I have been dreaming of going to Jamaica since I was a teenager, and somehow I never made it. I was trying to freeze my nostalgia and the need of going there by listening to Jamaican vibes and dancing. When I discovered Lyndsey’s blog, Caribbean Cables, I just got swallowed up, I couldn’t stop reading and looking at the photos of splendid sunsets, crystal-clear waters, and palm trees.
Lyndsey Kilifin is a British expat living in Jamaica and travelling around the Caribbean. She’s a good observer and she got really absorbed by the Jamaican spirit. I have asked her to share her Caribbean experiences and let us in her world for a while. Ready? Let’s go to Jamaica!
So first of all tell us how did you end up in the Caribbean?
My husband is a Diplomat and he thought Kingston would be a fun adventure and a great start to married life for us. As it turns out he got on a plane on our first anniversary and it was 3 months before I saw him again. Good job I love rum.
How is Jamaican life different from the British way of living? Is there something Brits should learn from Jamaicans, or Jamaicans from Brits?
As a Brit living in Jamaica, I’ve learned to relax and stop taking myself and life so seriously. Jamaicans have a real zest for life; they love partying, and are always ready to get together and ‘lyme’ (hang out with friends).
What can Jamaicans learn from the British? Umm, I’d have to say punctuality, haha! Jamaicans are rarely on time for anything, and while you get accustomed to it, it can still be frustrating. When your plumber tells you: Mi soon come, just remember he doesn’t actually mean any time soon, and you’ll get by just fine.
You wrote in one of your posts that Jamaicans are the happiest people on earth. How do they express it?
They party, sing, dance or they’ll go to church and effectively do all three there! Parties will usually have the world’s biggest sound system and last all night. I’m always amazed by the music speakers here. People have giant ones in the trunk of their car blasting out loud music, or they’ll tie a speaker to the roof of their van, or just balance a massive one on a bicycle. It gives a whole new meaning to the term mobile DJ!
What do you like most about your Caribbean life and what do you like least?
I love the natural beauty of the place; the palm trees, the mountains, the sea, and the bright blue sky. I really enjoy the food too. Things I would have never eaten anywhere else such as cow foot soup, mannish water, and toto.
What do I like least? That’s probably the most difficult question to answer, but I’d have to say the way that government corruption has held back development in some areas of Jamaica; there is so much unrealised potential that it can be quite saddening to see the lack of progress sometimes.
Can you give a brief insight into Jamaican life: paperwork, job opportunities for expats, prices?
Life in Jamaica is full of opportunities for everyone. There are international standards of healthcare and dentistry – I get doctors appointments quicker than I would in the UK, but most other things take longer.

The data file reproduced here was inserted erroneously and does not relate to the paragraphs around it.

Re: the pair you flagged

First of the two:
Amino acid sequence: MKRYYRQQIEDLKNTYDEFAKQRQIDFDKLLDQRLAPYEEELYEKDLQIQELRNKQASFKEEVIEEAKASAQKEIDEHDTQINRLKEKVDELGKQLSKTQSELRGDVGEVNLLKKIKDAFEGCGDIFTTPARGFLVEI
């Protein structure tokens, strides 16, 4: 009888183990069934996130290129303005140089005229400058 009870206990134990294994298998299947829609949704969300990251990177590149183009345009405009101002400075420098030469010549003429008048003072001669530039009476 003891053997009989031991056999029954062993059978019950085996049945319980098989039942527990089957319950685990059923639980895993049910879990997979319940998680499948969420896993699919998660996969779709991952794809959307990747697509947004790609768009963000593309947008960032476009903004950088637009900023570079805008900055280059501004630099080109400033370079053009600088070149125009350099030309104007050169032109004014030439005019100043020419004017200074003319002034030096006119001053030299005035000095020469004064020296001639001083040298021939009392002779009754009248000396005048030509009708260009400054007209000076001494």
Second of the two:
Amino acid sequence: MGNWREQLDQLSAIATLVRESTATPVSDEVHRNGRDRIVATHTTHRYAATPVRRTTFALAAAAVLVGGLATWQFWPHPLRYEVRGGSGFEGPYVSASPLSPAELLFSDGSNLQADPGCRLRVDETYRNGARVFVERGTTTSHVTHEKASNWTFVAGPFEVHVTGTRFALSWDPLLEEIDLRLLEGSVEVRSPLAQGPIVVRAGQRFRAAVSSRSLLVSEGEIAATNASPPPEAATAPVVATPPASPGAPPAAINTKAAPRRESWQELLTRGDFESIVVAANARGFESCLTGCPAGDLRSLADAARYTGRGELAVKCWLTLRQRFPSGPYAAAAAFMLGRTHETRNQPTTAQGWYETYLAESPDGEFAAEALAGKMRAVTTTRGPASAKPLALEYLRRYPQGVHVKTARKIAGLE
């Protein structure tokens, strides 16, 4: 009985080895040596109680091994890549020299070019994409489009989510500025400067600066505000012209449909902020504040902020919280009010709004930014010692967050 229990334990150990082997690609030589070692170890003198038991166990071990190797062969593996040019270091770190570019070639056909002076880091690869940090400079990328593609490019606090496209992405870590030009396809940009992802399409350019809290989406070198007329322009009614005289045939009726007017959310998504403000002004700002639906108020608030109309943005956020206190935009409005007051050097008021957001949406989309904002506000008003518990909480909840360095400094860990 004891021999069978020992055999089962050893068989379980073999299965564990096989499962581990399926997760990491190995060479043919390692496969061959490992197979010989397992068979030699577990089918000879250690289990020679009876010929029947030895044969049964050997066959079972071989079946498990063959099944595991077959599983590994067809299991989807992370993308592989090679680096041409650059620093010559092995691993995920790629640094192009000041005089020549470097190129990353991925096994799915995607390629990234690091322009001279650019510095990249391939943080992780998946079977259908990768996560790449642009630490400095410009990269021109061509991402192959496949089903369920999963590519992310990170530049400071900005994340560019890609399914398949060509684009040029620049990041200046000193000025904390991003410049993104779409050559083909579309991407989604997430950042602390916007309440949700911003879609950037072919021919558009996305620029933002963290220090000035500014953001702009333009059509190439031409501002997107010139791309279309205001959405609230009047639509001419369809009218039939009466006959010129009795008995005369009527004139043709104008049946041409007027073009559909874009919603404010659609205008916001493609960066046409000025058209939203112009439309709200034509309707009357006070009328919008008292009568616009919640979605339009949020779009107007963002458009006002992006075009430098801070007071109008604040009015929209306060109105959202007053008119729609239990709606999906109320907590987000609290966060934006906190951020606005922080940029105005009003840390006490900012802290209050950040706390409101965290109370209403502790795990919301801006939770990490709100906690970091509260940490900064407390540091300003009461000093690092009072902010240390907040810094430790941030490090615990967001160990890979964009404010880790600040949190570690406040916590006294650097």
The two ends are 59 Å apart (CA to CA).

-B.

The people are always friendly and ready to help if you find yourself struggling. There are some of the usual developing country challenges, such as slow paper-based bureaucracy, high energy costs and a general high cost of living, but that’s not unique to Jamaica.
Most expats come here with a job lined up already, usually with a large corporation or foreign government. The job market isn’t great, but being entrepreneurial is a natural Jamaican characteristic and is positively embraced.
Do you speak patois? How do you, as a Brit, find it?
Yeah man, whey yu deh pan? Patois is an instinctive local dialect that rolls off the tongue freely for a Jamaican. It’s so wonderfully expressive that after a few weeks, you’ll catch yourself trying to use it!
What should a newbie traveling or moving to Jamaica know?
If it’s your first time in Jamaica, then expect culture shock to hit you harder than a falling breadfruit. Be prepared for the noise, Jamaica has a 24/7 music soundtrack, ranging from dancehall vybz to reggae beats and everything in between. There is no point fighting it – you’ve just got to embrace it!
Also if you’re here at election time, be careful to avoid political rallies; things can get a bit crazy. A tourist or someone new here might not know that wearing orange or green is seen as showing an allegiance to one of the two main political parties and something best avoided.
Jamaica has more to offer than rum cocktails, jerk chicken, tropical beaches and all-inclusive hotels. Though, there are plenty of those if that’s your thing. It’s steeped in history, rich with culture and you are spoilt for choice in terms of things to do. If you have the time, head inland and explore the Blue Mountains – you won’t be disappointed.
I have heard from some friends that Jamaica is not the safest place to be, what do you think? Is The Caribbean safe?
Large swathes of Jamaica are rural or coastal and perfectly safe. Kingston is like any other big city and has some areas that are best avoided. Most violent crime is gang related, and not something that would affect tourists. As a traveller, a few simple precautions will keep you safe. e.g. don’t walk around town after dark, stay out of garrisons (inner-city neighbourhoods), keep your valuables out of sight and keep your car doors locked when driving – guidance that is applicable to any large city. Safety across the Caribbean varies according to where you are. Some islands are crime-free paradises but none of them can match Jamaica’s vibrancy and spirit.
Sum up your Caribbean life in one sentence.
A happy life in a place of true natural beauty.
All photos by: Lyndsey Kilifin